Several states have legislation pending that would create animal abuser registries similar to child abuser and sex offender registries. An animal abuser registry would list individuals convicted of felony animal abuse or who committed certain violent offenses against animals.
Intentional animal cruelty is of particular concern as it is a sign of psychological distress and often indicates an individual may be predisposed to committing acts of violence toward humans. Since animal abuse is often an early sign of potential human abuse, tracking animal abusers would help protect not only the animals of a community but also the people. Therefore, creating and maintaining a registry of individuals convicted of felony animal cruelty can be an asset in identifying potential criminal behavior.
Many studies in psychology, sociology, and criminology have demonstrated that violent offenders frequently have childhood and adolescent histories of serious and repeated animal cruelty. Additionally, mental health professionals and top law enforcement officials consider the blatant disregard for life and suffering evidenced by all forms of cruelty to animals to be an unquestionable warning sign. In fact, the American Psychiatric Association identifies cruelty to animals as one of the diagnostic criteria for conduct disorders; and the FBI uses reports of animal cruelty in analyzing the threat potential of suspected and known criminals.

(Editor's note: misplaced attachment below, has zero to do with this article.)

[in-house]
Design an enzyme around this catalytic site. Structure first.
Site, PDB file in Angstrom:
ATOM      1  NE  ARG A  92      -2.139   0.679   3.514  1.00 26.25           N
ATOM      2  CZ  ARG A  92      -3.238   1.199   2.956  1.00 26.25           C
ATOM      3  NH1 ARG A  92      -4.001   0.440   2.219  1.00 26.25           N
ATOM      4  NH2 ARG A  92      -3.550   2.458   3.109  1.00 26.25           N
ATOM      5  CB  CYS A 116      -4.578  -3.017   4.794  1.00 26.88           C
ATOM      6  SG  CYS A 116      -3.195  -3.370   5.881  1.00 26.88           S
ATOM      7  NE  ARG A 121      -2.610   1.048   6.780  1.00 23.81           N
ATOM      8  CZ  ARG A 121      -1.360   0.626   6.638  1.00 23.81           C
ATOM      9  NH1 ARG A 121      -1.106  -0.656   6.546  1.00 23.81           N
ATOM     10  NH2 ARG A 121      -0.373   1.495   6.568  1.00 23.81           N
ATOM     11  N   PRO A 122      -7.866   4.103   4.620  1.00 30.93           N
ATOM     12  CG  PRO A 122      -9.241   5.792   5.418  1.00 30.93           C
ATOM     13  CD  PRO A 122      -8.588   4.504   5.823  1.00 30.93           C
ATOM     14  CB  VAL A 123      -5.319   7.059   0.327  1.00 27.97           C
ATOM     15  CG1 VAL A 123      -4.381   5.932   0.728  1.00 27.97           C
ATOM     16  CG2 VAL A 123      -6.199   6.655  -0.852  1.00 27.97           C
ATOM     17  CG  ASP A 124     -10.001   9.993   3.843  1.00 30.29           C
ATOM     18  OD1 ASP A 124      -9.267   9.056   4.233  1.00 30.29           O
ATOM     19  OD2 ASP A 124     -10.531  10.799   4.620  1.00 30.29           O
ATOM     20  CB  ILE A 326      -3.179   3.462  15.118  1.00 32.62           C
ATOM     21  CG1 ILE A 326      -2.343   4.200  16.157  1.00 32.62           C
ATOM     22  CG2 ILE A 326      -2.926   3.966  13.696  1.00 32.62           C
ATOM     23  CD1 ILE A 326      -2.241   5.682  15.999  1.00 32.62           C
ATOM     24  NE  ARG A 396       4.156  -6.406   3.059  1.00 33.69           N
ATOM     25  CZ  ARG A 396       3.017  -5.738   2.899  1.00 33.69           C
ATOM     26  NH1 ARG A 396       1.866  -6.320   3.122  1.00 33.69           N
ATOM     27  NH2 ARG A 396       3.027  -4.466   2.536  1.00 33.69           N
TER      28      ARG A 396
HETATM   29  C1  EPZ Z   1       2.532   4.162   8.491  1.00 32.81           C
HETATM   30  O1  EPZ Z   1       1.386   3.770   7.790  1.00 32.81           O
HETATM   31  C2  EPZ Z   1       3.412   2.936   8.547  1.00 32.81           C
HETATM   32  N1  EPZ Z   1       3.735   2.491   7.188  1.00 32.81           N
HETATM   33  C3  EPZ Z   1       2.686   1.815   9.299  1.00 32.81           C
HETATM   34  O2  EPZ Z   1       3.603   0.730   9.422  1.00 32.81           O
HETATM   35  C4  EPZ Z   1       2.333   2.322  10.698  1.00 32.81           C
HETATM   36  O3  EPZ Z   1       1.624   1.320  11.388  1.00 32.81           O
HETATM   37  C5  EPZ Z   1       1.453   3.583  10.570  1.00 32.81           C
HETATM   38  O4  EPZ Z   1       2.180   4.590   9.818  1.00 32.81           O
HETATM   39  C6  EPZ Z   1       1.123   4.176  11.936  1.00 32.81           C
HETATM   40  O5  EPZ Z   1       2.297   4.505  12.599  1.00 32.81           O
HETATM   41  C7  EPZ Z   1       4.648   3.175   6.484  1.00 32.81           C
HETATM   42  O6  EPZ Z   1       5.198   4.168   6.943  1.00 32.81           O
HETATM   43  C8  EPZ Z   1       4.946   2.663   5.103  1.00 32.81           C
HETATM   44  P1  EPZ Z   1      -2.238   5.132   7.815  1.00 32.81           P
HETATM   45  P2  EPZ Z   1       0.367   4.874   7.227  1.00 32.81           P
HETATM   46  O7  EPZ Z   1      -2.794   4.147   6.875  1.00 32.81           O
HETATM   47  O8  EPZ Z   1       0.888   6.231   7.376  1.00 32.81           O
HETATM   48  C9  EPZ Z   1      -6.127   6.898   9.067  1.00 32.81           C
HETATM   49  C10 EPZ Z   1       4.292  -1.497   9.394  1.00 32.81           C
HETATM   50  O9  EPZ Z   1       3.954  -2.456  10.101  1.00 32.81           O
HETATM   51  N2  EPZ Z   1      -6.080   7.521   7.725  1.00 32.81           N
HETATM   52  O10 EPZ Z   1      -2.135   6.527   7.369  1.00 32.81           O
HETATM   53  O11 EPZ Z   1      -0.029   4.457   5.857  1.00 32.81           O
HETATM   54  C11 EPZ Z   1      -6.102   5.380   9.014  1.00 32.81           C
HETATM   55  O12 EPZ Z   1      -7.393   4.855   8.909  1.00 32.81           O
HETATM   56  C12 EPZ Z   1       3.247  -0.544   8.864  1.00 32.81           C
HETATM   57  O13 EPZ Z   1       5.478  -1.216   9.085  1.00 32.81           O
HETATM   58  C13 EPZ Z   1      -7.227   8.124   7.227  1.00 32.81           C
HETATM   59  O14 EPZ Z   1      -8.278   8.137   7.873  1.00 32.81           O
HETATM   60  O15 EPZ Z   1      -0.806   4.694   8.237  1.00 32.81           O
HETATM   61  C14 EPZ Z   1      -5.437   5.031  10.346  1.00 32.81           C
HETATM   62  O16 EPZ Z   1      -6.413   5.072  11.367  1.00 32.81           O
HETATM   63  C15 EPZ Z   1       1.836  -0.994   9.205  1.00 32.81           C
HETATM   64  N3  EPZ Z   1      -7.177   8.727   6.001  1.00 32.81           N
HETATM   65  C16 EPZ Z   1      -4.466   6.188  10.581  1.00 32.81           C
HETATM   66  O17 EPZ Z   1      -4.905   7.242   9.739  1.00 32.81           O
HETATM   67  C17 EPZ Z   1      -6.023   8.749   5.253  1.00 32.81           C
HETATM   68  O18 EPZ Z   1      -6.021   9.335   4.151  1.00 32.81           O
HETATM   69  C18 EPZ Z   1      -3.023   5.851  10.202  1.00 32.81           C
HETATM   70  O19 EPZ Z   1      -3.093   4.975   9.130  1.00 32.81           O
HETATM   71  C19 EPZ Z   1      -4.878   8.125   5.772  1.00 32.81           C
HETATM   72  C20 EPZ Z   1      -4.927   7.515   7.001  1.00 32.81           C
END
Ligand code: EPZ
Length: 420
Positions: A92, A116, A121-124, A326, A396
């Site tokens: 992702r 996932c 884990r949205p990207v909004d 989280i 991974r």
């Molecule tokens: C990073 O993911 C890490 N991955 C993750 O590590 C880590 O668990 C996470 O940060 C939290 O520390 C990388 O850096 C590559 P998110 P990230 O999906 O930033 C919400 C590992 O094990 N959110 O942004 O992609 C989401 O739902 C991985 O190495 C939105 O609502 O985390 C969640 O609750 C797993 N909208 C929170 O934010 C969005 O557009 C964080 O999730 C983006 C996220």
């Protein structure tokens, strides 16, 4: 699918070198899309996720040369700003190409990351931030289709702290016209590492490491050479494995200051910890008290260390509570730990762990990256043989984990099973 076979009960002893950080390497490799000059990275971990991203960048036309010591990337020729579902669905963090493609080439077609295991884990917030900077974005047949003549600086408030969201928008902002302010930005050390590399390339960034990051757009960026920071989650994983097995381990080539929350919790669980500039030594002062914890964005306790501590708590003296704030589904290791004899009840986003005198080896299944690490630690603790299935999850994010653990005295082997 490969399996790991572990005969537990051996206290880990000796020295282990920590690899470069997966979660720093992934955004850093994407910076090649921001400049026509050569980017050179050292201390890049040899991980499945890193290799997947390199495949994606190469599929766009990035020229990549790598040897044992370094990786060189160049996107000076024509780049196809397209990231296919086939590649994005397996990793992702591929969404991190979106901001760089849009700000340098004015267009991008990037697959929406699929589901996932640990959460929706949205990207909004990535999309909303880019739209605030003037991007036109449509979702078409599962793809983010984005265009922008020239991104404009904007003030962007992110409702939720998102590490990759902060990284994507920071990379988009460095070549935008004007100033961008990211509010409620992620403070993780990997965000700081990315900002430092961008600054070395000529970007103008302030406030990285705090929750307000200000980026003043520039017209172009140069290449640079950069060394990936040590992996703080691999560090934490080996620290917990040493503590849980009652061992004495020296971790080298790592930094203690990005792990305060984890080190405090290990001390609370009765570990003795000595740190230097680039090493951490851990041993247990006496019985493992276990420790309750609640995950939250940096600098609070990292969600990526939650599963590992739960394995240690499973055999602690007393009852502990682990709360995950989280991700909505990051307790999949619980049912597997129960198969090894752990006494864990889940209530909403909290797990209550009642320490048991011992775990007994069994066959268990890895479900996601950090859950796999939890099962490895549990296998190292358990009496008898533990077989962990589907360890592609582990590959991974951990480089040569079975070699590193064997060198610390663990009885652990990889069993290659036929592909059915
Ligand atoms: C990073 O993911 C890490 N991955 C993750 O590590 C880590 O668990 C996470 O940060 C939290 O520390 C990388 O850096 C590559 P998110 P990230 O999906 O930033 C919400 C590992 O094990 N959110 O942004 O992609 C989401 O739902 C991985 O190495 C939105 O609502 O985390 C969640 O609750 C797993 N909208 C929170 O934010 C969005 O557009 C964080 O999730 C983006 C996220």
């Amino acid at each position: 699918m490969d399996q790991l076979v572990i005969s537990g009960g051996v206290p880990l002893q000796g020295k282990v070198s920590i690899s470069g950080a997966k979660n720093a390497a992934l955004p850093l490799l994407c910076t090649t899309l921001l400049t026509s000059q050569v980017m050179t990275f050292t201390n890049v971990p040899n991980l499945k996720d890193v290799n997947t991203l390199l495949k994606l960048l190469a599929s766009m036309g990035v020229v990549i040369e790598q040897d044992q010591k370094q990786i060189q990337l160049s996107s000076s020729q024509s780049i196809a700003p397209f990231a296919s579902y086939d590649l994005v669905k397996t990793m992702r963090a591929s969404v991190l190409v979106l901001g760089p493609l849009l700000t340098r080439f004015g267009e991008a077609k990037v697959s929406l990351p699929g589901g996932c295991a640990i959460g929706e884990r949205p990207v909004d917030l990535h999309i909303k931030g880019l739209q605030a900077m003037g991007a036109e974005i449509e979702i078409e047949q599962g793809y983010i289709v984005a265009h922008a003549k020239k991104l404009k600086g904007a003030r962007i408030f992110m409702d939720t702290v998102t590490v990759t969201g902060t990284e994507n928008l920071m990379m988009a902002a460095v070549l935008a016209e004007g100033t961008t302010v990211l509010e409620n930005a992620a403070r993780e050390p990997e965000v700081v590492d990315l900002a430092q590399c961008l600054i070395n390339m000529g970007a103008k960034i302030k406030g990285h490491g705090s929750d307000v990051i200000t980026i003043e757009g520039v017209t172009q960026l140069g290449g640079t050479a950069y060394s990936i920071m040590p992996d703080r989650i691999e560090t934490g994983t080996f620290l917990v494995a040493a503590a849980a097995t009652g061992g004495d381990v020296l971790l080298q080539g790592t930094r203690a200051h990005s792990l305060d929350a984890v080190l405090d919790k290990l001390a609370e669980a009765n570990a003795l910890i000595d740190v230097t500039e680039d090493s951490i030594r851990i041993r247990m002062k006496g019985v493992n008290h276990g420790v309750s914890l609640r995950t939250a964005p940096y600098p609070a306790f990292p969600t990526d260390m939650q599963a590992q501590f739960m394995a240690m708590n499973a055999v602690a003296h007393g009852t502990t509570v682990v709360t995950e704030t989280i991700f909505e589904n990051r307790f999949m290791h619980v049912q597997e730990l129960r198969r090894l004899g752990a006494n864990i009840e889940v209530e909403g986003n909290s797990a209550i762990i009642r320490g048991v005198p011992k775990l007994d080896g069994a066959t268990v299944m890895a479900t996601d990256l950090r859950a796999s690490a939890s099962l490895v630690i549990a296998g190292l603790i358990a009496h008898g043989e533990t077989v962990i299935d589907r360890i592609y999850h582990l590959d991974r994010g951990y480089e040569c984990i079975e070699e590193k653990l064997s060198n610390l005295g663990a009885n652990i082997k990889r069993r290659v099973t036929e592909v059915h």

In addition, such registries could be valuable in tracking people who engage in illegal animal fighting, such as cockfighting and dog fighting; hoarders; and those who run puppy mills.
The following states have legislation pending:
NHES urges the citizens of these states to contact their legislators and encourage them to support a felony animal abuser registry in their state.